Adjudication – extending its scope
Adjudication is a quick fix, interim measure to determine disputes between parties to a construction contract within a prescribed period, usually 28 days. Due to the speed by which disputes are resolved, the use of adjudications has become increasingly widespread but it has not been without its limitations. Most notably, to refer a dispute to adjudication, the construction contract had to be in writing.
From 1 October (1 November in Scotland), this requirement has been removed. As such, any disputes arising out of changes made on site as the works progress and which are not recorded in writing, can now be referred to adjudication. But what effect will this have upon adjudications? The adjudicator may have to determine what the terms of the contract are before they can consider any other issues which may be in dispute. This in itself is unlikely to be an easy task and we may see adjudicators making more use of hearings rather than relying upon written evidence. Adjudicators may find that it is not possible to adhere to the 28 day time limit and ask for additional time to come to their decision. More decisions may be open to jurisdictional challenges thereby making what had traditionally been a relatively easy enforcement procedure, more problematical.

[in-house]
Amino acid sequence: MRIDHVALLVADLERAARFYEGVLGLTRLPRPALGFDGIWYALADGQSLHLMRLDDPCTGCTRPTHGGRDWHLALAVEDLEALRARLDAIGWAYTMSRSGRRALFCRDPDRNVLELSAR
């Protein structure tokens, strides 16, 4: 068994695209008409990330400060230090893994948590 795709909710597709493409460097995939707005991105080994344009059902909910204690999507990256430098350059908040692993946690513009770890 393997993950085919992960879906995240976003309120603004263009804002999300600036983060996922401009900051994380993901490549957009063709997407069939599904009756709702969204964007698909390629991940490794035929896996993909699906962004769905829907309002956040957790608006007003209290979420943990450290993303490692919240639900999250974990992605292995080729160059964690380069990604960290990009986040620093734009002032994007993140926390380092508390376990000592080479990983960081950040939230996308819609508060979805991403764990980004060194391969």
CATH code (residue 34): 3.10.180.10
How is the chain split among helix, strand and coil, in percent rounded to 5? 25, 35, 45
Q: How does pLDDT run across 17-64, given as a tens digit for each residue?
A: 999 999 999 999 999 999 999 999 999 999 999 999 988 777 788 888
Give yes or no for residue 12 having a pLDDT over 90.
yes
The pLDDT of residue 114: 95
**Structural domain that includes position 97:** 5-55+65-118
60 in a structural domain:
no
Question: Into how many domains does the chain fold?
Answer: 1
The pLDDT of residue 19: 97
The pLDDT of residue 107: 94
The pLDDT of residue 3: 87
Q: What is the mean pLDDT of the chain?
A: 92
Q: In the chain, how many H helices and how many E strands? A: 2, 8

We do not yet know what effect the changes will have but it will be interesting to watch how this area develops in the next 12 months.
This article is for general guidance only. It provides useful information in a concise form. Action should not be taken without obtaining specific legal advice.